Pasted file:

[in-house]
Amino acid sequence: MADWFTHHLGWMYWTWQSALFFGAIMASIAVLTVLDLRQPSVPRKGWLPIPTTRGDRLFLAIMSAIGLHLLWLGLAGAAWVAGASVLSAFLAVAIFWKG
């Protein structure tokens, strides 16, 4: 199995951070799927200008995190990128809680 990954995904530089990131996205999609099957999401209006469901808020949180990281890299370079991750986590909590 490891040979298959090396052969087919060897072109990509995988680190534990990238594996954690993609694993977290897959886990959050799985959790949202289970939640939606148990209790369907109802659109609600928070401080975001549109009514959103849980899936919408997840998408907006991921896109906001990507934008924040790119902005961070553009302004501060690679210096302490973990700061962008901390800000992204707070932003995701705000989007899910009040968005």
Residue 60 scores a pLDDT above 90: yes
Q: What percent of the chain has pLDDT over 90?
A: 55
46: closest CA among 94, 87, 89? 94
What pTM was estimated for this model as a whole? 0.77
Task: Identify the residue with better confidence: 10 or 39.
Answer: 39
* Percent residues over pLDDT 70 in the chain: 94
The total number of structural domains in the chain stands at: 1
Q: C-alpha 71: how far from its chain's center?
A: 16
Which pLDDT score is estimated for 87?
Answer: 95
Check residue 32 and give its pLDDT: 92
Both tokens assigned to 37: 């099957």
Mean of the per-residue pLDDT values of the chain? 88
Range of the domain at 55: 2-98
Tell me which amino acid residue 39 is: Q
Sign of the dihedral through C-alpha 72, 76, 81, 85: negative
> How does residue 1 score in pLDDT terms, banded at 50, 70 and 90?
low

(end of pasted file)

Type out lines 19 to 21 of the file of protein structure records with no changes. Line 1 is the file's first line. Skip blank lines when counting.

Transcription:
Mean of the per-residue pLDDT values of the chain? 88
Range of the domain at 55: 2-98
Tell me which amino acid residue 39 is: Q